Tencent Music, Spotify’s strategic partner in China, is valued at over $12B


Spotify has finally filed to go public, and in doing so the Swedish company has shed light on another huge music company that has been tipped for IPO — Tencent Music — which is now valued at over $12 billion.

Tencent and Spotify announced a share swap in December that saw each side take an undisclosed slice of the other for strategic purposes going forward. According to Spotify’s filing, it took nine percent of Tencent Music Entertainment (TME) which it valued at €910 million at the time. That translates to a total valuation of €10.11 billion, or $12.3 billion, although Spotify includes 10 percent leeway above and below that figure.

In exchange, Tencent — which became Asia’s first $500 billion business last year — got 7.5 percent of Spotify to become one of its largest shareholders. It bought its stake using a mix of newly issued shares and secondary, but the value of that holding is around $1.5 billion based on a rough $20 billion valuation for Spotify.

TME was reportedly raising money at a valuation of around $10 billion in October, according to a Bloomberg report, and it has been tipped to raise as much as $1 billion in a listing that could happen this year. More color on this Spotify — both in terms of TME’s valuation and Tencent’s position as a major Spotify investor — give a little more insight into how the two companies might work together.

“Spotify believes the Tencent Transactions allow Spotify to invest in the long term potential of the music market in China and, in turn, TME to invest in the long term potential of the music market outside of China,” Spotify wrote in its filing.

Spotify also disclosed that it holds a registered trademark on its name in China. One source close to the company who spoke to TechCrunch in recent weeks said that Spotify had actively looked into the potential of the Chinese market a number of years, going as far as sending engineers and business development staff to meet with prospective partners.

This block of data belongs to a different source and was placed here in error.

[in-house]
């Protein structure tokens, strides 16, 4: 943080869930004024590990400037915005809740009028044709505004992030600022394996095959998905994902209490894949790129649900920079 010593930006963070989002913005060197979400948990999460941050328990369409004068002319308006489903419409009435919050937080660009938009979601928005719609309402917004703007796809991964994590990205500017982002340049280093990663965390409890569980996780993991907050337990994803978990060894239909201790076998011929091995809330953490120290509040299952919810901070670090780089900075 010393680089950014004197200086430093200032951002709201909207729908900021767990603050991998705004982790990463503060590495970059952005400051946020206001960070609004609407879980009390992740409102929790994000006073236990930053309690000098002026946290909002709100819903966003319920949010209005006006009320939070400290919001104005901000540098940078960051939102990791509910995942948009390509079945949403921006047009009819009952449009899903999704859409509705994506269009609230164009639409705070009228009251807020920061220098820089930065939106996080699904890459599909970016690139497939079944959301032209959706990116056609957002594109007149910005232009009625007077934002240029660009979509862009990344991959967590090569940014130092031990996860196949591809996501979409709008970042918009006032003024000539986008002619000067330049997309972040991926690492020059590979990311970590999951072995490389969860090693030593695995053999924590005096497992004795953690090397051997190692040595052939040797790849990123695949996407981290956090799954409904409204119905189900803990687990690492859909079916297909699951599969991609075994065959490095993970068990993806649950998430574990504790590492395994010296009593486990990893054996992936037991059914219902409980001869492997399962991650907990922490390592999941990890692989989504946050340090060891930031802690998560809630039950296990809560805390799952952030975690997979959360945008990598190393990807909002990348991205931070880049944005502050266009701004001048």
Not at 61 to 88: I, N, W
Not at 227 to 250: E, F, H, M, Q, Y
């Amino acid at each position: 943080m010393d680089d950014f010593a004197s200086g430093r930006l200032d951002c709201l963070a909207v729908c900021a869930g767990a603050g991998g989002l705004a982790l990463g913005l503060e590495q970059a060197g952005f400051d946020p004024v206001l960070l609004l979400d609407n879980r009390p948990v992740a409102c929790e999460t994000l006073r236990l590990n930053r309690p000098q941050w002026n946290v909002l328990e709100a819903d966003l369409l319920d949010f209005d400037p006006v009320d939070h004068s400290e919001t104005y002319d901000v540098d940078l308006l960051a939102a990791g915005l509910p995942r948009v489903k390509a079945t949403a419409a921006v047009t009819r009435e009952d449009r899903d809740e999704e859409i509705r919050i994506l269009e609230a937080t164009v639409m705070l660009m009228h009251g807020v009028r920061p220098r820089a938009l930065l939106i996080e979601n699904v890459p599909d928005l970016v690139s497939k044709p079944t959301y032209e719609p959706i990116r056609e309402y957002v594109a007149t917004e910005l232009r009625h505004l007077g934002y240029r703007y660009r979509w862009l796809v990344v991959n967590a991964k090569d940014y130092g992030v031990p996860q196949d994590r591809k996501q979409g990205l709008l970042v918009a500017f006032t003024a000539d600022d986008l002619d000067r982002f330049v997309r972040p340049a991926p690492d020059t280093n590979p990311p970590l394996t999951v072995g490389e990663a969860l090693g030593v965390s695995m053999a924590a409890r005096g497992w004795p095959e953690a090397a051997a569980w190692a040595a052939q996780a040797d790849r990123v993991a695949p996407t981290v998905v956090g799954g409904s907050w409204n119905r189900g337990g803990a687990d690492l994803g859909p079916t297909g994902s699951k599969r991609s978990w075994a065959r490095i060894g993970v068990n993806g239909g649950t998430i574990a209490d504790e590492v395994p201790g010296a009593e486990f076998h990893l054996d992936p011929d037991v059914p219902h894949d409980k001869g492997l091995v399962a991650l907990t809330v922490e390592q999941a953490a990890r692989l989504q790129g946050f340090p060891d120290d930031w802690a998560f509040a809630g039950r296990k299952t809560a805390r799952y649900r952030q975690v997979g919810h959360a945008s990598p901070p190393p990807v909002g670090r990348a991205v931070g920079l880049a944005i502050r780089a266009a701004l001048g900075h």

In Tencent, it has found perhaps the most ideal partner should Spotify decide to pursue opportunities in China.

And there are plenty of opportunities. TME is the leading player in a market where there are over 20 million paying streaming customers with more growth to come.

China’s music industry itself grossed 320.5 billion yuan ($48.33 billion) in 2016 with eight percent annual growth, according to a report. Licensed streaming revenue grew by one-third to push revenue from music and video copyright to 183 million yuan.

Best known for its WeChat messaging app, which is China’s go-to chat service, Tencent offers three services — ‘QQ Music’, ‘Kugou’ and ‘Kuwo’ — while it also operates Joox in Southeast Asia and has invested in U.S. karaoke app Smule.

Earlier this week, Tencent also brokered another music alliance after it led a $115 million investment in India-based music streaming service Gaana.

Outside of music, Tencent has invested widely in overseas technology companies. Its investments have included Tesla, Snap, HERE, Amazon rival Flipkart, Uber competitor Ola, and more.

Featured Image: Bloomberg/Getty Images

Spotify hits 70 million subscribers


Ahead of going public, Spotify just announced it’s killing it on the subscriber front. As of today, Spotify has 70 million subscribers compared to Apple Music’s 30 million. Last July, Spotify had more than 60 million paid listeners and over 140 million active users.

There’s essentially no better time than one day after news leaks about Spotify’s confidential filing to go public to announce a new milestone. Just yesterday, Axios broke the news that Spotify filed with the SEC at the end of December.

However, TechCrunch’s Katie Roof has heard differently, citing sources who say Spotify is targeting a debut for the first quarter of this year. As Roof notes, there is also talk that it might not be an IPO, but rather a direct listing on the stock market that does not require a fundraising event.

Spotify’s milestone also comes shortly after Wixen Music Publishing hit the music streaming company with a $1.6 billion lawsuit. The suit, filed December 29, alleges copyright infringement, specifically alleging Spotify is using thousands of its songs without a proper license. The lawsuit seeks at least $1.6 billion in damages and injunctive relief.

Featured Image: Antoine Antoniol / Contributor/Getty Images